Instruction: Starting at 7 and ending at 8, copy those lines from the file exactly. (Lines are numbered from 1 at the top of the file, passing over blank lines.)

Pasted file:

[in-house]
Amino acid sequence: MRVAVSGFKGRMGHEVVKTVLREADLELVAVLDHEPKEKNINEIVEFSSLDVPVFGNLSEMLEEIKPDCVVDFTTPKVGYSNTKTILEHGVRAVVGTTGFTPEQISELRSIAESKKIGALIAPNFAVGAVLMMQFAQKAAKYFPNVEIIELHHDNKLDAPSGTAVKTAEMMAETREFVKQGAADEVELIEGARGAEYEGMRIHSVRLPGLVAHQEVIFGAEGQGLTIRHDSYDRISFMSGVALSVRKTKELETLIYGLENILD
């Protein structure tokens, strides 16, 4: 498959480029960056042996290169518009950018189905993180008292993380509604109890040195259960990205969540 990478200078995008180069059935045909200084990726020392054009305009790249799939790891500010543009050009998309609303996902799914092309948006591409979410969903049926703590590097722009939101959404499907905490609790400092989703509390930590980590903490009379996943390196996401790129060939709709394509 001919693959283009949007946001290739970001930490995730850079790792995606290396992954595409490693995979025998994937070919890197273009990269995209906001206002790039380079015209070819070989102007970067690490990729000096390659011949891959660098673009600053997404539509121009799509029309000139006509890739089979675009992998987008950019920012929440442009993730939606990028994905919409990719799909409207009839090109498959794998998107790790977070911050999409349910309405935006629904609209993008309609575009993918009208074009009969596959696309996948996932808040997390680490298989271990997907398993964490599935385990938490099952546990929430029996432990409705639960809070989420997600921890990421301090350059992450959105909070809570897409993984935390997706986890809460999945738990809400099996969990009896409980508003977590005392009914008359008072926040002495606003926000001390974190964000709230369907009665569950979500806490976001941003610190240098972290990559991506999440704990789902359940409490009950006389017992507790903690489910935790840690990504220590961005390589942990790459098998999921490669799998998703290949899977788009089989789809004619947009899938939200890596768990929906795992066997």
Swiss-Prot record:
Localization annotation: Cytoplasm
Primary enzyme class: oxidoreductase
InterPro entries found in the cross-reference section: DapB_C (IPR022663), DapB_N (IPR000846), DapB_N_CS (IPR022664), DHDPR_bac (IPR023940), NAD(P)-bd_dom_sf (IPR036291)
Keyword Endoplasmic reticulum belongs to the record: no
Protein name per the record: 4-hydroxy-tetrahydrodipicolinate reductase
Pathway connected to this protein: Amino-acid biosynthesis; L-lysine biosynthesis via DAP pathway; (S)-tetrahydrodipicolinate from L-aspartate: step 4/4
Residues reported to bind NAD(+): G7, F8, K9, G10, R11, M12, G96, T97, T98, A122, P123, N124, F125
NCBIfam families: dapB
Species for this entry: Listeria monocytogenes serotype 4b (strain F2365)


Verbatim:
InterPro entries found in the cross-reference section: DapB_C (IPR022663), DapB_N (IPR000846), DapB_N_CS (IPR022664), DHDPR_bac (IPR023940), NAD(P)-bd_dom_sf (IPR036291)
Keyword Endoplasmic reticulum belongs to the record: no